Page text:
This is a post on creating databases/tables in MySQL on both Windows and Linux, with added tips to help with general usage.
The syntax a simple – creating a MySQL Database uses the same command as other database software, CREATE DATABASE.
This example is using the GUI option, MySQL WorkBench.
After running the above, refresh Schemas within the Navigator to the left and open up your new ‘database’.
If you’re instance running on Linux, database names are case sensitive, whereas on Windows this isn’t an issue. Below, I’m creating a database on a local MySQL install (Windows 10) and then create a table within it using a Capital letter on the schema/database name.
Now here’s an example of the same on Linux using the MySQL Command-Line Client.
Create new table using a Capital letter on schema/database name.
A common best practise is to stick to the one case for object naming for this reason. For example, use finance_database over Finance_Database… or FINANCE_DATABASE may also be fine.
USE <DATABASE> is used to set your statements to use the specified database as your default (current) database. It’s a thing I think easier explained via screenshots…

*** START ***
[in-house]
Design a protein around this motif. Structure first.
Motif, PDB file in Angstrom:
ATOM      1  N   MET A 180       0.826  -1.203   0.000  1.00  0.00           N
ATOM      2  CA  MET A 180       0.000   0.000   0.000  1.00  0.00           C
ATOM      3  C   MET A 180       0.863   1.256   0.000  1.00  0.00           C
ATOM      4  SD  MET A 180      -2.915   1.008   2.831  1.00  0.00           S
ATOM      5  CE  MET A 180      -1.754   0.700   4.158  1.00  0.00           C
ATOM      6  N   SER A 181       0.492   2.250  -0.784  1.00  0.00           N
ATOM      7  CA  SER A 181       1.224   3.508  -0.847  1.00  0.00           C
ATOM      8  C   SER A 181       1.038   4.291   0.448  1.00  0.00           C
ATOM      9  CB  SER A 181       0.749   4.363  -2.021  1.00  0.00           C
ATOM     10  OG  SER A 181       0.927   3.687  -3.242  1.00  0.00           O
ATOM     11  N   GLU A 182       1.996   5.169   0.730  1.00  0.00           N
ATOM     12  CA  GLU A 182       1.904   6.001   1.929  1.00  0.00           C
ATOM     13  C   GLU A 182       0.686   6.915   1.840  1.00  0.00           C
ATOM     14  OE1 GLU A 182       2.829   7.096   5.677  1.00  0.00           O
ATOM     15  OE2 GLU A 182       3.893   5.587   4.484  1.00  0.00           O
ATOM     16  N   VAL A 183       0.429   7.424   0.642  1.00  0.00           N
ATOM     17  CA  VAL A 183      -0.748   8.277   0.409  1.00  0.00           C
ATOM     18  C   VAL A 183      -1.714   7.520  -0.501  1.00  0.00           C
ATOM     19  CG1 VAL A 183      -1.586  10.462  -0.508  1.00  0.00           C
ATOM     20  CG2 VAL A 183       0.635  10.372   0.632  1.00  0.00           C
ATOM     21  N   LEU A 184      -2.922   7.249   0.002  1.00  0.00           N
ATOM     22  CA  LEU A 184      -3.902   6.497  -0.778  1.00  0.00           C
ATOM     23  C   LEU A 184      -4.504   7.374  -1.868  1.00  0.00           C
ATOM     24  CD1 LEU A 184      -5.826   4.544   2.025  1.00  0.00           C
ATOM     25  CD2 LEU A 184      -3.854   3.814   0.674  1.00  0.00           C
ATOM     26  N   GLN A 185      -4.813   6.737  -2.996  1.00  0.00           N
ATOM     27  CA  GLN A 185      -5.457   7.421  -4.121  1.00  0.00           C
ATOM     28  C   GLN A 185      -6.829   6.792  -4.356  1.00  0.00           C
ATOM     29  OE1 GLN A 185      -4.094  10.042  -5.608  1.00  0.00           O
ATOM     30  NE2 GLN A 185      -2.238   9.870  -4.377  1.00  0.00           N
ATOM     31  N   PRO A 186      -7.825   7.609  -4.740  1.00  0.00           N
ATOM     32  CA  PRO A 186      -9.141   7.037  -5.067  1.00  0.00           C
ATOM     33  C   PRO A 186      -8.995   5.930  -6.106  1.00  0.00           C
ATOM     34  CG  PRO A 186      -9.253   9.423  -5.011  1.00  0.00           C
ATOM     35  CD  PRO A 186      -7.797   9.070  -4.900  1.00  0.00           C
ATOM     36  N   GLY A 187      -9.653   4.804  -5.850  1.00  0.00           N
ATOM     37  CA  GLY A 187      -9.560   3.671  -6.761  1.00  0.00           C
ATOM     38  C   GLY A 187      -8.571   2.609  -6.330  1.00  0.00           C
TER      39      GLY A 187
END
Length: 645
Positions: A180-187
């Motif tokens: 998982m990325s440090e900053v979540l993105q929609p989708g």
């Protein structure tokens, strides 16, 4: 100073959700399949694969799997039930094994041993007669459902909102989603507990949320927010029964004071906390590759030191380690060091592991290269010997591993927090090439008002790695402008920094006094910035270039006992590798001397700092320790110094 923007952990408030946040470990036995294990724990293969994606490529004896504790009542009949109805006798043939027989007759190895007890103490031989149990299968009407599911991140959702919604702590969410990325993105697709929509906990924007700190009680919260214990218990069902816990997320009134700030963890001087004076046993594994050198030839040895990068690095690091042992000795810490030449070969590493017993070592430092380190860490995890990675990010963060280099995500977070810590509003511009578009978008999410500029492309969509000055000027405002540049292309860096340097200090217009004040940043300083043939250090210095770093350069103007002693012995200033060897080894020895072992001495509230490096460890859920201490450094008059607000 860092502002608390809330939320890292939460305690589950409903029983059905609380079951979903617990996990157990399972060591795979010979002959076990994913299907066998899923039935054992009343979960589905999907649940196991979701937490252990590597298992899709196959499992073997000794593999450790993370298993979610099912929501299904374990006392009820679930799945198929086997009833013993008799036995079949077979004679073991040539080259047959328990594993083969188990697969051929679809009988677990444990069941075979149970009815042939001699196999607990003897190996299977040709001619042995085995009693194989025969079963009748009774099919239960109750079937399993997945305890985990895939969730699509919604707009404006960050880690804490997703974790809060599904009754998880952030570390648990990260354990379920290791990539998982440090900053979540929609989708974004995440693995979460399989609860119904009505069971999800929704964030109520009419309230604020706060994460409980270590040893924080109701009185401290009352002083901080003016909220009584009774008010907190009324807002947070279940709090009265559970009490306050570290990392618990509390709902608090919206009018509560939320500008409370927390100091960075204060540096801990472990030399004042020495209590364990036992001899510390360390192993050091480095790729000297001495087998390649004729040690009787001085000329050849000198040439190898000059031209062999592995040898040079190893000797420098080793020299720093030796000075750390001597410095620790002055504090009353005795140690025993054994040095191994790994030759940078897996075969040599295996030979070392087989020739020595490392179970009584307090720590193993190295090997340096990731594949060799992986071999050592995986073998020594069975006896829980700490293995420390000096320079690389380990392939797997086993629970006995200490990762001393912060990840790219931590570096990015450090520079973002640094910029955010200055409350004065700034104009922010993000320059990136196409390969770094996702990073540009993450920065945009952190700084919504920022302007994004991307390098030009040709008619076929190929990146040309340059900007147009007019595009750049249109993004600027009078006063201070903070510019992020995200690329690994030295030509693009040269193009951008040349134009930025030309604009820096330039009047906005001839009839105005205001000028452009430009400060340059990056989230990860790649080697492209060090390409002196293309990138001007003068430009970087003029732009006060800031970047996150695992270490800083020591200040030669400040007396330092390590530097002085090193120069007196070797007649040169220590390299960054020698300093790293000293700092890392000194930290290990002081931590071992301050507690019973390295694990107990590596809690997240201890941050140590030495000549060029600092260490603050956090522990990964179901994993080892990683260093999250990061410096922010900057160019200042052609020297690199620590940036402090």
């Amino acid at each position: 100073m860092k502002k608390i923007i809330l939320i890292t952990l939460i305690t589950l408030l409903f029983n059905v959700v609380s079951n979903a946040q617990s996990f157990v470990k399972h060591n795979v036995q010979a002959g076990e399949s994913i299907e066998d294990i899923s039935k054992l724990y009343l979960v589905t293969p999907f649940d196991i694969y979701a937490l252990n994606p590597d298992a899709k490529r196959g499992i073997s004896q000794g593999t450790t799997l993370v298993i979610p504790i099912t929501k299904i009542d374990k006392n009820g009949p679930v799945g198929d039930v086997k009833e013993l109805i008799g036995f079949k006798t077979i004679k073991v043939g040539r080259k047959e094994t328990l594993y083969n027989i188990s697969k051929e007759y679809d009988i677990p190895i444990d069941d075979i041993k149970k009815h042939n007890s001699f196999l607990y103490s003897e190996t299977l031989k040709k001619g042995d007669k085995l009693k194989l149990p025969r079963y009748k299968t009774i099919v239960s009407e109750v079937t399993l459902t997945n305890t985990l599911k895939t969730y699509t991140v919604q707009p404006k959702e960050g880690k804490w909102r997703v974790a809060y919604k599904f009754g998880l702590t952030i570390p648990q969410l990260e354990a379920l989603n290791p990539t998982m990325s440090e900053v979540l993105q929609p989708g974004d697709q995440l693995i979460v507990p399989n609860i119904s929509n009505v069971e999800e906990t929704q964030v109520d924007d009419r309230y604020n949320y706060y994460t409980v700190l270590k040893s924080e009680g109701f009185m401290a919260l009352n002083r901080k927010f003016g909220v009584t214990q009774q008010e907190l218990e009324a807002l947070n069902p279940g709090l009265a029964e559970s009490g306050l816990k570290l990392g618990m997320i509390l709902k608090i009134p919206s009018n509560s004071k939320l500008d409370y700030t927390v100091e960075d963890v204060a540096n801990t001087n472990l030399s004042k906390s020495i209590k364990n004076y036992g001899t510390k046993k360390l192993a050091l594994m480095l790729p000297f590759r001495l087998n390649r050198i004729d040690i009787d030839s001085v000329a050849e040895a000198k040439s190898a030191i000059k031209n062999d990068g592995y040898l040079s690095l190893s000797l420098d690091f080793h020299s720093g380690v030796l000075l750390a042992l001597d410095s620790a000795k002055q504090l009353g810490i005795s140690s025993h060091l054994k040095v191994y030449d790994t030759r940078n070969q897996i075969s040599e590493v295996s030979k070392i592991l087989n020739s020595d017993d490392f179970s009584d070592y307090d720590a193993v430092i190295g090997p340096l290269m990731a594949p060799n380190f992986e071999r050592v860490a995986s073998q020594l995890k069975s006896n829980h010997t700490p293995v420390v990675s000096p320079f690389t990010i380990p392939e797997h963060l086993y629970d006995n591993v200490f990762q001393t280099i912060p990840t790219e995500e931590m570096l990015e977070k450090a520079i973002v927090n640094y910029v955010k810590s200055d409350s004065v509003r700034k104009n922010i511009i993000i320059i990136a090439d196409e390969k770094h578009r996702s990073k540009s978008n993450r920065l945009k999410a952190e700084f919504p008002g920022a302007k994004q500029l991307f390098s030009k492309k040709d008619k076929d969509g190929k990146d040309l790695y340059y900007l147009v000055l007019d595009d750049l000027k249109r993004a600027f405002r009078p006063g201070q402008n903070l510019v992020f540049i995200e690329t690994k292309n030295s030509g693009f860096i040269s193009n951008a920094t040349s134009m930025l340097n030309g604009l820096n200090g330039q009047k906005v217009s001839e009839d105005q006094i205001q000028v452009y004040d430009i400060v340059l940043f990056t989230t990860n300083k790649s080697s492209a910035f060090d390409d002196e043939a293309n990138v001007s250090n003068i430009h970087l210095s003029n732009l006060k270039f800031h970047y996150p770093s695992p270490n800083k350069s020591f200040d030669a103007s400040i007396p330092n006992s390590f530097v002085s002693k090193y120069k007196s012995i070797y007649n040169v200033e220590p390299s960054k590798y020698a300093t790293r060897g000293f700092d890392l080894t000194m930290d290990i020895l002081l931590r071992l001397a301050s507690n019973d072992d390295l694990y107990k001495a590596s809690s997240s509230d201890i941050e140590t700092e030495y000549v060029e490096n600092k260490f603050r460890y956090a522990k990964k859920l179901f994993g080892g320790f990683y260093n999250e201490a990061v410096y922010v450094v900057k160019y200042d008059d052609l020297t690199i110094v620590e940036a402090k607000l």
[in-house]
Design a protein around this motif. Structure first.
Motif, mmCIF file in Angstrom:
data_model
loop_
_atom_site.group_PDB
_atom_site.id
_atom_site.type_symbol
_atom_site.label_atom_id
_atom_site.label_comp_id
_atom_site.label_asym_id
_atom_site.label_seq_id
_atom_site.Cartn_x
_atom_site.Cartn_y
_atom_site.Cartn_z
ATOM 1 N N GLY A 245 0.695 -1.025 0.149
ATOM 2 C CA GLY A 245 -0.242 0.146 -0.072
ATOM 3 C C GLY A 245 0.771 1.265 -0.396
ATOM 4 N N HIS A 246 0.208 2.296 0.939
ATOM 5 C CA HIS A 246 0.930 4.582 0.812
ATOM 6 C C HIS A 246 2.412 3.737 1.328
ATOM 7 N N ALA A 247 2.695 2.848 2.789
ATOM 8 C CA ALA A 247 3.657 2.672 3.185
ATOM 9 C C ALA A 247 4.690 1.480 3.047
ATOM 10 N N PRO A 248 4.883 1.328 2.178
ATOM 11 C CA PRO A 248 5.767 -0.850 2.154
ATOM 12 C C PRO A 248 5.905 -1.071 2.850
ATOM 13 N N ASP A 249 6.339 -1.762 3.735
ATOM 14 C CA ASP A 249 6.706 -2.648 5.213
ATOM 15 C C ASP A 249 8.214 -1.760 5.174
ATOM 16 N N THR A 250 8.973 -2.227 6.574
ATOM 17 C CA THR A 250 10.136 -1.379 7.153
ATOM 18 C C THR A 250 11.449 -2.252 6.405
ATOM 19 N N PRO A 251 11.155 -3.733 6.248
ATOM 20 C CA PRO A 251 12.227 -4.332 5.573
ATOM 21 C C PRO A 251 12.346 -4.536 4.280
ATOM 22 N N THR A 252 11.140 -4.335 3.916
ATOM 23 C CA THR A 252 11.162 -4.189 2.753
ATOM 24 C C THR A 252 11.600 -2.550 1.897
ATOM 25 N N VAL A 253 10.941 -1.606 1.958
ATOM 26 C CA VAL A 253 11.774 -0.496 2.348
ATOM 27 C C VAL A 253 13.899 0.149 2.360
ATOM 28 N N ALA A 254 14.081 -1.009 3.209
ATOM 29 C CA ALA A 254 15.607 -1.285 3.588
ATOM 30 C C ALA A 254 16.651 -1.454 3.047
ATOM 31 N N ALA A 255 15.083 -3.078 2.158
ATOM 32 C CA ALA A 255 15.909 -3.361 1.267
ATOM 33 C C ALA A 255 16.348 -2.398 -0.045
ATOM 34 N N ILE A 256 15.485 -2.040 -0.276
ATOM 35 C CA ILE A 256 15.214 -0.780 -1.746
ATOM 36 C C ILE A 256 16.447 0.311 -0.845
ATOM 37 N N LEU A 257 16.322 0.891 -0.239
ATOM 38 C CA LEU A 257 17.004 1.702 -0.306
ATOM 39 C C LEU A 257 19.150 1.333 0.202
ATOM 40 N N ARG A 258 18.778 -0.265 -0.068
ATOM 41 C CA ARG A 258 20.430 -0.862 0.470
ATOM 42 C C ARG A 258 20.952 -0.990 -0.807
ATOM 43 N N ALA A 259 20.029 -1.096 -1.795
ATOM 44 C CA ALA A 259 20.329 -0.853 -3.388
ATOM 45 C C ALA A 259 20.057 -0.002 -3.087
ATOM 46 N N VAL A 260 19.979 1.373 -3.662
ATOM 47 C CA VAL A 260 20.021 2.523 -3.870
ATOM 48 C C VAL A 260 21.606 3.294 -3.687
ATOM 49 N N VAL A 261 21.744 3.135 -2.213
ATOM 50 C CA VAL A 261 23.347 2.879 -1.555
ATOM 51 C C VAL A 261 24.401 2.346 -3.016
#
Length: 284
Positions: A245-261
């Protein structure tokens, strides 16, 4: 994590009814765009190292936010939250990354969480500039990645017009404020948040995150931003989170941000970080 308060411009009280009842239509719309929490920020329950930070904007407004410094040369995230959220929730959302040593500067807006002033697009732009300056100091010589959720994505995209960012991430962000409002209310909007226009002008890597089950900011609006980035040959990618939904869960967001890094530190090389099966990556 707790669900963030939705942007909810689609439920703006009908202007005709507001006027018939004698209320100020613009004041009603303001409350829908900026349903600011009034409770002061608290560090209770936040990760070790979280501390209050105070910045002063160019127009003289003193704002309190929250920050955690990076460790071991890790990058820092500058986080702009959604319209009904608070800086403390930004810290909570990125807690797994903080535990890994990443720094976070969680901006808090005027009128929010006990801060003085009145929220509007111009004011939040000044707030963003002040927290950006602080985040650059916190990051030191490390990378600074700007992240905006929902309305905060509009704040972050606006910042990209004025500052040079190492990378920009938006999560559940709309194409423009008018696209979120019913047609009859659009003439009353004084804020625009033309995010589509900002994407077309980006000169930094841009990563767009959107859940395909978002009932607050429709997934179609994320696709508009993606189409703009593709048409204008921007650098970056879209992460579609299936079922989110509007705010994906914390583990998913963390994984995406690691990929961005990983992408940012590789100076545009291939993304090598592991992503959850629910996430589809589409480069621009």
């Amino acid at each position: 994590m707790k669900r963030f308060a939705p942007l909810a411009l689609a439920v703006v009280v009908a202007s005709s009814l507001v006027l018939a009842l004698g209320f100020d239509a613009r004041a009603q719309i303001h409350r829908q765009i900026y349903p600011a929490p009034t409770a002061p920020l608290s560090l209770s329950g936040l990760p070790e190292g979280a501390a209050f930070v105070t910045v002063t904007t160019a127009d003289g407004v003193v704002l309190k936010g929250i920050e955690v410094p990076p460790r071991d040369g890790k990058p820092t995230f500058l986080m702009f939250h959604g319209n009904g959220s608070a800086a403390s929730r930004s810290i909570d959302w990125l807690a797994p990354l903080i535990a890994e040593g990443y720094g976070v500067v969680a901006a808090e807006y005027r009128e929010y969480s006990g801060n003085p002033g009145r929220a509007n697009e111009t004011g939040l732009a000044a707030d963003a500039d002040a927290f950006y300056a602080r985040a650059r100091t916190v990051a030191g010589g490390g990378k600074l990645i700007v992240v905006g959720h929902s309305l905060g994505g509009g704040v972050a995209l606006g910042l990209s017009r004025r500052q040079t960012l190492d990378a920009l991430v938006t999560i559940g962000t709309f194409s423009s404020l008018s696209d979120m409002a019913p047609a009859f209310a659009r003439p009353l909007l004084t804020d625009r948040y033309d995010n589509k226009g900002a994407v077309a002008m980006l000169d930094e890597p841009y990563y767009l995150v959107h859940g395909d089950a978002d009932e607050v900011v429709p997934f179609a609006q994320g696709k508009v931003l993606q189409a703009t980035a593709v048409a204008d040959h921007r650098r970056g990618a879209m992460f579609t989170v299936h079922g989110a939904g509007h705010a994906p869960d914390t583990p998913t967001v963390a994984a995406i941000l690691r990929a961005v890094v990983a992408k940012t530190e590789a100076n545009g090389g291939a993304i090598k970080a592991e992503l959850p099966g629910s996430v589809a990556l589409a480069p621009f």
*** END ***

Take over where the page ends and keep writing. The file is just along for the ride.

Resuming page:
In MySQL Workbench below, I create a new database/table and insert a row of data. Each statement I run must to include the schema name (butter)… I intentionally run SELECT without including the schema name to show the error.
The error message here informs that you can set a default database on the left-hand sidebar.
That’s one solution… the other is to use USE – all I’m adding to the code below is ‘USE butter;’
All queries after USE will assume the database specified if the schema has not been included.
Semicolons are a way to determine when your statement ends within a query. It’s not required at the end of all queries, so here’s a few examples to help explain when it’s needed.
First I’ll start off with MySQL CLI – a quick example of when we do need to exit queries with the semicolon.
Below I type DROP DATABASE and hit Enter a few times in attempt to run it. Nothing happens until I add the semicolon.
My next example using is MySQL WorkBench, attempting to create a table and insert some data.
Nothing got created there, so I’ll now add the semicolon at the end of the CREATE TABLE line.
The sequence of queries was successful this time!
If you’re running queries line-by-line then the semicolon isn’t as much required – For more information, see this MySQL documentation link.
To bug out of the MySQL CLI window and blog post, the word is QUIT.